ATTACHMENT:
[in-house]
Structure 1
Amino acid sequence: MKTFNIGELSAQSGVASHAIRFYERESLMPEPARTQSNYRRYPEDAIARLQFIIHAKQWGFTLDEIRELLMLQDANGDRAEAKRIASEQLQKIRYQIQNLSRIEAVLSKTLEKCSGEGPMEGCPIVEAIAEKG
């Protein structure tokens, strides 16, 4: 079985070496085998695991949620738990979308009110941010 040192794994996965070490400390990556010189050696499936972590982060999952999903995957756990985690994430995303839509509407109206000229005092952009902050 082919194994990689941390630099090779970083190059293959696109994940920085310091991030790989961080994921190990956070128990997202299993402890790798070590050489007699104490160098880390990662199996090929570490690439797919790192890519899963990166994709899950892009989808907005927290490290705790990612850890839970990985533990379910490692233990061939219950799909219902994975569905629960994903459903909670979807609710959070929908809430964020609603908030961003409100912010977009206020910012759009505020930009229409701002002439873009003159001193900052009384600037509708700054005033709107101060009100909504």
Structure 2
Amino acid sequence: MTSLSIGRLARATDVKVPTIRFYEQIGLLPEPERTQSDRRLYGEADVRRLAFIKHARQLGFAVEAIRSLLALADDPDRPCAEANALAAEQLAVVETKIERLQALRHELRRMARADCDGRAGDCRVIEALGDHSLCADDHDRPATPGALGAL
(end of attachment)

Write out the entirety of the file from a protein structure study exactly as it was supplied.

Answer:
[in-house]
Structure 1
Amino acid sequence: MKTFNIGELSAQSGVASHAIRFYERESLMPEPARTQSNYRRYPEDAIARLQFIIHAKQWGFTLDEIRELLMLQDANGDRAEAKRIASEQLQKIRYQIQNLSRIEAVLSKTLEKCSGEGPMEGCPIVEAIAEKG
């Protein structure tokens, strides 16, 4: 079985070496085998695991949620738990979308009110941010 040192794994996965070490400390990556010189050696499936972590982060999952999903995957756990985690994430995303839509509407109206000229005092952009902050 082919194994990689941390630099090779970083190059293959696109994940920085310091991030790989961080994921190990956070128990997202299993402890790798070590050489007699104490160098880390990662199996090929570490690439797919790192890519899963990166994709899950892009989808907005927290490290705790990612850890839970990985533990379910490692233990061939219950799909219902994975569905629960994903459903909670979807609710959070929908809430964020609603908030961003409100912010977009206020910012759009505020930009229409701002002439873009003159001193900052009384600037509708700054005033709107101060009100909504």
Structure 2
Amino acid sequence: MTSLSIGRLARATDVKVPTIRFYEQIGLLPEPERTQSDRRLYGEADVRRLAFIKHARQLGFAVEAIRSLLALADDPDRPCAEANALAAEQLAVVETKIERLQALRHELRRMARADCDGRAGDCRVIEALGDHSLCADDHDRPATPGALGAL